HOM: Xosar talks about conjuring her music

After the first edition of the RH House Of Music magazine, we really liked the idea of doing a magazine, and that has lead to the second edition in the making!  The upcoming HOM features stories on Invisible City Editions, Awanto 3, Sahel Sounds’ Mamman Sani and more…

To warm up for it, we decided to put Xosar’s feature online that we published in the first edition. Enjoy!

///

Very pretty, but far more bright, Sheela Rahman a.k.a. XOSAR picked up producing electronic music after studying neuropsychology. After her first release, not so long ago, she agreed with Rush Hour to put out a few beautiful records. In a short space of time, we got to know her as an interesting lady in her cockpit of electronic musical hardware.

We had a conversation about her releases on Rush Hour, about soundtracking scenes in life and how she conjures magic when she creates music.


Let’s start at the point of your first release. You hadn’t put anything out before your release on L.I.E.S., and then there was this really peculiar, dark but above all super refined EP called ‘Tropical Cruize’. To me this release sounded like you had been producing interesting stuff for a long time. Why didn’t you put out music earlier?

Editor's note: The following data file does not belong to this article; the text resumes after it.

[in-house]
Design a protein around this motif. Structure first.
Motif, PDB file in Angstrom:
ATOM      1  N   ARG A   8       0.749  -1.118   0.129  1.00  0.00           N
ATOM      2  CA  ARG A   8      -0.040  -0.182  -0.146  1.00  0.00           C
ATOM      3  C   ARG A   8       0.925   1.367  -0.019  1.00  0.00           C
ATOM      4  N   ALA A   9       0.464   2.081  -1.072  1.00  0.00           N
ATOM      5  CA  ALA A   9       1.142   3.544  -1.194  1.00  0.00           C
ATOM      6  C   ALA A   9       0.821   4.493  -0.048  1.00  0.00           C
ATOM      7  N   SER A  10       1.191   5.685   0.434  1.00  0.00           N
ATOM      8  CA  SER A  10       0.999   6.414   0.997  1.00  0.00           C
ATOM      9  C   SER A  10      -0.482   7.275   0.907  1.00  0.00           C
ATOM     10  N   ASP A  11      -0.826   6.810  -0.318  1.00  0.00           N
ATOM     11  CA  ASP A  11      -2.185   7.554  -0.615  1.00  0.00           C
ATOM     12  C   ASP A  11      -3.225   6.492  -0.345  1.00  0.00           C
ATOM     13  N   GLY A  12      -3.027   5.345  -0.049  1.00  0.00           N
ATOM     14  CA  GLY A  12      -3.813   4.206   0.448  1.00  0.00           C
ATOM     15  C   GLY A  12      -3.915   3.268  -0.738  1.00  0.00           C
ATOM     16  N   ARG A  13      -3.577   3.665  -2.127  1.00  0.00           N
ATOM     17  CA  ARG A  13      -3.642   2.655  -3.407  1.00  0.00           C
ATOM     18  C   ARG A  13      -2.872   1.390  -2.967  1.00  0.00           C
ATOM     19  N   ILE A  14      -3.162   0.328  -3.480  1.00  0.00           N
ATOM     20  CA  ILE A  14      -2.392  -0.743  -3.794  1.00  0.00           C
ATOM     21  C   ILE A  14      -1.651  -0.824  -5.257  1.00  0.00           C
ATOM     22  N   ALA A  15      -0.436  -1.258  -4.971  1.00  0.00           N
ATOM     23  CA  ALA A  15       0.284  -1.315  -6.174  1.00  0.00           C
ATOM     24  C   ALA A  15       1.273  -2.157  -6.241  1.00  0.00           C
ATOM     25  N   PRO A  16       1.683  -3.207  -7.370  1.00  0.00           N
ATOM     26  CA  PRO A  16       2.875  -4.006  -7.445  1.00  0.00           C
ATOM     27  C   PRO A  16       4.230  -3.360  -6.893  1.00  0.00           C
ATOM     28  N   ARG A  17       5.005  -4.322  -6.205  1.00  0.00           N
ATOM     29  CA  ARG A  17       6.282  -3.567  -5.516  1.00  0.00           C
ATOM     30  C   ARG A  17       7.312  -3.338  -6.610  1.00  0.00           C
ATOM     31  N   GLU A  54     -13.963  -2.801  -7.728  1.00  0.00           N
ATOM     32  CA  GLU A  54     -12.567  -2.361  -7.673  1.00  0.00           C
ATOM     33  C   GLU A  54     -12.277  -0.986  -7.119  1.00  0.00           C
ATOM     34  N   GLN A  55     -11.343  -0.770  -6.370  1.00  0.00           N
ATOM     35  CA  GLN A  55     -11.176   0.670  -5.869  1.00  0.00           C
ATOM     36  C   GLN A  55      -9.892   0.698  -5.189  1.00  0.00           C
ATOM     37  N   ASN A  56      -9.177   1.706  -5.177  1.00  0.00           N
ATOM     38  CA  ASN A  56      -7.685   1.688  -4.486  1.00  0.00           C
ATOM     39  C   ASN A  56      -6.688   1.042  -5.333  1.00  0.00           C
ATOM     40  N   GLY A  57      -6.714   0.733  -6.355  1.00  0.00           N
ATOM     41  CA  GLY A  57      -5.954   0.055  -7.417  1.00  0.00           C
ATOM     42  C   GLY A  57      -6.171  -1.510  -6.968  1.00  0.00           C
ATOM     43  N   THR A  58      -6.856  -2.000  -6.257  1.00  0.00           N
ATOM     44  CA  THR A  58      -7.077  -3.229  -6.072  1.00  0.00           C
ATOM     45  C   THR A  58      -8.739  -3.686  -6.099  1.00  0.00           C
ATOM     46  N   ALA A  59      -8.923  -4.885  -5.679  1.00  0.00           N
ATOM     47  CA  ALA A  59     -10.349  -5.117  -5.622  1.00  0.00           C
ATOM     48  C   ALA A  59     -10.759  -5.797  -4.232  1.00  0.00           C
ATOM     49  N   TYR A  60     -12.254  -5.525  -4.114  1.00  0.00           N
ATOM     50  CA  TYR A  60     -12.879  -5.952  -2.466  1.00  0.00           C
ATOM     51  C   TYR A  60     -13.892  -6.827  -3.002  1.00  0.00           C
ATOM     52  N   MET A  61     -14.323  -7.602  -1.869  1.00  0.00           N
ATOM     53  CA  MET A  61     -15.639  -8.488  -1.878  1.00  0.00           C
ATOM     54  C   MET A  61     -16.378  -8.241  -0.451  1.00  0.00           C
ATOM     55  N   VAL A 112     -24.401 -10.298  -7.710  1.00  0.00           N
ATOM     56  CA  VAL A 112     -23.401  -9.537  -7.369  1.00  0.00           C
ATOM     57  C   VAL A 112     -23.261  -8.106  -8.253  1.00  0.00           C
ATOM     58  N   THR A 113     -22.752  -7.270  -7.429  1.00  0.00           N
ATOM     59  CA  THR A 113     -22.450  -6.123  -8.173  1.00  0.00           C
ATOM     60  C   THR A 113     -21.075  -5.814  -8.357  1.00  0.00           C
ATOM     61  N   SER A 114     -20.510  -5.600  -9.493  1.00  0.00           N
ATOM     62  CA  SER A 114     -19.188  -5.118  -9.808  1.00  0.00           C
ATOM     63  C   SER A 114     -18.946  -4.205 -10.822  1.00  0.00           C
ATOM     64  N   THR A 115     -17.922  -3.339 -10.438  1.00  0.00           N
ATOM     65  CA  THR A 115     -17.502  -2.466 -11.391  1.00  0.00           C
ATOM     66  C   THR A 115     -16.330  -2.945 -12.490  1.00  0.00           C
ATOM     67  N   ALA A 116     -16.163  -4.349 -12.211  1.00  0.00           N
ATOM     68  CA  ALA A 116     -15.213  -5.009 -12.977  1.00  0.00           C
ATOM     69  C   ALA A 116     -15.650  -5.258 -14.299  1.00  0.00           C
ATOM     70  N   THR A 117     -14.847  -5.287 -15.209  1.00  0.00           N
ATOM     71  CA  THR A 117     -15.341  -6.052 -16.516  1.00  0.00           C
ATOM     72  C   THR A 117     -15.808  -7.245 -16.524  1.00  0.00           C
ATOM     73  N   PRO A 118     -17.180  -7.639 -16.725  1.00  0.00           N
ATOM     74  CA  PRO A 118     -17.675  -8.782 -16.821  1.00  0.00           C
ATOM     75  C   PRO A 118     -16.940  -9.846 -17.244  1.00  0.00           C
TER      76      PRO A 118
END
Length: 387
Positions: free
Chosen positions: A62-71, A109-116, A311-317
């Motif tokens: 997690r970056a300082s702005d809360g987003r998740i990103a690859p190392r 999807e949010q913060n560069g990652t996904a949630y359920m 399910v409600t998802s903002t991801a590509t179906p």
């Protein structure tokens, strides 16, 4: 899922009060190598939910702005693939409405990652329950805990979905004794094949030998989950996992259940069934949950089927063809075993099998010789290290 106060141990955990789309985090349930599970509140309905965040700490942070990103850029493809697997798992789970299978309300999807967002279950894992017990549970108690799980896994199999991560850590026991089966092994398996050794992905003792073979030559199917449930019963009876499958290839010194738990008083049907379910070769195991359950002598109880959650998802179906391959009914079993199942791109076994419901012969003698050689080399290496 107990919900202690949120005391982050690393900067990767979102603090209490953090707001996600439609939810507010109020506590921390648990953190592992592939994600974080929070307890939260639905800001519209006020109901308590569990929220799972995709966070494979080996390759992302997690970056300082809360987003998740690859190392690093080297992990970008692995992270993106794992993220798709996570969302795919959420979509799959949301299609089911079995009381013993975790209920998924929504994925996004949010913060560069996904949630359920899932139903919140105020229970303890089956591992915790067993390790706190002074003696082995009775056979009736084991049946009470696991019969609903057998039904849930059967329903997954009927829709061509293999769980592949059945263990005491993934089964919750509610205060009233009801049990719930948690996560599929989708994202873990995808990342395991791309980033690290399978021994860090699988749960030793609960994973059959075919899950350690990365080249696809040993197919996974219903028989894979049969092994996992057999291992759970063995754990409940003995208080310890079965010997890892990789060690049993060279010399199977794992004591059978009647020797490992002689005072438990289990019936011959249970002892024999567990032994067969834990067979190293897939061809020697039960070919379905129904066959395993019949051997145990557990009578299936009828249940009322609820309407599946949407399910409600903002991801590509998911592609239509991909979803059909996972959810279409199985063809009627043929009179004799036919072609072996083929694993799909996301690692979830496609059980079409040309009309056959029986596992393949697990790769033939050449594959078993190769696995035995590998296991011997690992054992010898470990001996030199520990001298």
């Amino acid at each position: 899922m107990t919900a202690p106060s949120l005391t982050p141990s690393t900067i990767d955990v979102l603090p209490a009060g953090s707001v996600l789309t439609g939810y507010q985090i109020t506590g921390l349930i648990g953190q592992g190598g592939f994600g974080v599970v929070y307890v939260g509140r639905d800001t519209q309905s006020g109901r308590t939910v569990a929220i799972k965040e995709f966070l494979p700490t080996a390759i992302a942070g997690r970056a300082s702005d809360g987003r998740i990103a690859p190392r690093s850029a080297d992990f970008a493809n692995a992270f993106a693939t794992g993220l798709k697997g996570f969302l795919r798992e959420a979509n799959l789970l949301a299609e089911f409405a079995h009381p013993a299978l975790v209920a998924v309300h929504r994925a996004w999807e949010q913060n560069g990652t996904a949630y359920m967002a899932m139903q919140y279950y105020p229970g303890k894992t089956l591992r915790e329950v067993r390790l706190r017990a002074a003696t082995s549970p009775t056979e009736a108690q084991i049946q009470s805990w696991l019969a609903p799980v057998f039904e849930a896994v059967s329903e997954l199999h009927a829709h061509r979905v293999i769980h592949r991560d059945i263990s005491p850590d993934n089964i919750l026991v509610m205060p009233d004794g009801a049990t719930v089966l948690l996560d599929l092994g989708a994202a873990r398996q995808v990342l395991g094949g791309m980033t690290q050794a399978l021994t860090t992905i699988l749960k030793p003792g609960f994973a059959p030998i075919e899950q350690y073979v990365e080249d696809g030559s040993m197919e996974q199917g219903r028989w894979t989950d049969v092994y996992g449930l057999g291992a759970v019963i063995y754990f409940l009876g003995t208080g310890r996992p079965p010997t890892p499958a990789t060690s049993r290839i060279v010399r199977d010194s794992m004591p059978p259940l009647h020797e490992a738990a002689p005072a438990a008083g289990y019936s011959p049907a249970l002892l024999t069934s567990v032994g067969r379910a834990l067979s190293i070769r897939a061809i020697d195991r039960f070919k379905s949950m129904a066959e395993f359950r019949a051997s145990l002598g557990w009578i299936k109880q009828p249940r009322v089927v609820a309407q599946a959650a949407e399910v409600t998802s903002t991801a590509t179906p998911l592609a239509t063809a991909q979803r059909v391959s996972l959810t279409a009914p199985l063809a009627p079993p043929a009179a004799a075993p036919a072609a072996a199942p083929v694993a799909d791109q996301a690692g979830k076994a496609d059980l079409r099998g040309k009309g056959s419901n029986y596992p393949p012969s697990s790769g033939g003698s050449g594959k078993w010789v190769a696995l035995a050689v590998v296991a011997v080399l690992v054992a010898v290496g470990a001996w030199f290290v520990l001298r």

Releasing the tracks wasn’t a huge priority for me, I was more concerned with the feelings associated with making the music, the endorphin rush that each new melody would induce, that satisfaction synchronicity induces when the elements fall into place. I wanted other people to share these feelings, so I posted some tracks on the internet. Eventually people started contacting me saying they were interested in releasing it. They usually thought I was a guy and addressed me as “bro” or “man”, but I was ok with that. For some reason it made me feel powerful.  After flirting with the idea of becoming a faceless producer, I decided to just be myself, so here I am!

In a short time you have released quite a few records. As far as I know each one has got its own peculiar vibe, or story. Can you tell me more about how the releases came to be? Let’s talk about your output on Rush Hour, starting with ‘Ghosthaus’.

I recorded it in San Francisco, right after my room mates and I decided our house was haunted.  This excited me. I imagined that I was starring in a paranormal TV series. In each episode I’d be contacted by the central intelligence agency, they would inform me of my next mission, then I would go onto investigate whatever UFO landing site or haunted house I would need to go to and hopefully solve the mystery. After much time spent fantasizing, I decided I might as well concoct a theme song for the opening credits of this fictitious tv-series: ‘Ghosthaus’.

Haha, nice. How about ‘Nite Jam’?